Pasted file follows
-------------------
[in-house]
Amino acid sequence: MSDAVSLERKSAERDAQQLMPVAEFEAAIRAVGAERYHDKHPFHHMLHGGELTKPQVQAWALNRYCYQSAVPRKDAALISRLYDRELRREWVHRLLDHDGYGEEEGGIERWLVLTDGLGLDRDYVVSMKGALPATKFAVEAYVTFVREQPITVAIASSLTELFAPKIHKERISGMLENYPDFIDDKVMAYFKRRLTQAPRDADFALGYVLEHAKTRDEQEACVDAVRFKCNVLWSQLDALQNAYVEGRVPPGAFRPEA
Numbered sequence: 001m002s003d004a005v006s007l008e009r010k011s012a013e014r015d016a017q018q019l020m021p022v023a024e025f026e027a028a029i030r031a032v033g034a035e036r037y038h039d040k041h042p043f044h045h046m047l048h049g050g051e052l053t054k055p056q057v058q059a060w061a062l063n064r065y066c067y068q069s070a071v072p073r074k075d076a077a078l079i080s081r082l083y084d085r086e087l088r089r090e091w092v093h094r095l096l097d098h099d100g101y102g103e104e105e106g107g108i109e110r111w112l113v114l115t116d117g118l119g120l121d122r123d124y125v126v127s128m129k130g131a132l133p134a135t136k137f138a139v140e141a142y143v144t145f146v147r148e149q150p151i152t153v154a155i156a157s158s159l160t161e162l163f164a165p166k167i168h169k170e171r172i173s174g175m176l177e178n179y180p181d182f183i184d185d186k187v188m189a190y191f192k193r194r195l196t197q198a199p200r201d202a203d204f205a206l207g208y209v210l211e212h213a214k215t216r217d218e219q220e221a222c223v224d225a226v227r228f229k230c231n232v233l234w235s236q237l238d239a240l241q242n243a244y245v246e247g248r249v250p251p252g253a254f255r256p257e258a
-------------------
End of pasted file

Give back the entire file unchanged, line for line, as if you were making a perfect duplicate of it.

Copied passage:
[in-house]
Amino acid sequence: MSDAVSLERKSAERDAQQLMPVAEFEAAIRAVGAERYHDKHPFHHMLHGGELTKPQVQAWALNRYCYQSAVPRKDAALISRLYDRELRREWVHRLLDHDGYGEEEGGIERWLVLTDGLGLDRDYVVSMKGALPATKFAVEAYVTFVREQPITVAIASSLTELFAPKIHKERISGMLENYPDFIDDKVMAYFKRRLTQAPRDADFALGYVLEHAKTRDEQEACVDAVRFKCNVLWSQLDALQNAYVEGRVPPGAFRPEA
Numbered sequence: 001m002s003d004a005v006s007l008e009r010k011s012a013e014r015d016a017q018q019l020m021p022v023a024e025f026e027a028a029i030r031a032v033g034a035e036r037y038h039d040k041h042p043f044h045h046m047l048h049g050g051e052l053t054k055p056q057v058q059a060w061a062l063n064r065y066c067y068q069s070a071v072p073r074k075d076a077a078l079i080s081r082l083y084d085r086e087l088r089r090e091w092v093h094r095l096l097d098h099d100g101y102g103e104e105e106g107g108i109e110r111w112l113v114l115t116d117g118l119g120l121d122r123d124y125v126v127s128m129k130g131a132l133p134a135t136k137f138a139v140e141a142y143v144t145f146v147r148e149q150p151i152t153v154a155i156a157s158s159l160t161e162l163f164a165p166k167i168h169k170e171r172i173s174g175m176l177e178n179y180p181d182f183i184d185d186k187v188m189a190y191f192k193r194r195l196t197q198a199p200r201d202a203d204f205a206l207g208y209v210l211e212h213a214k215t216r217d218e219q220e221a222c223v224d225a226v227r228f229k230c231n232v233l234w235s236q237l238d239a240l241q242n243a244y245v246e247g248r249v250p251p252g253a254f255r256p257e258a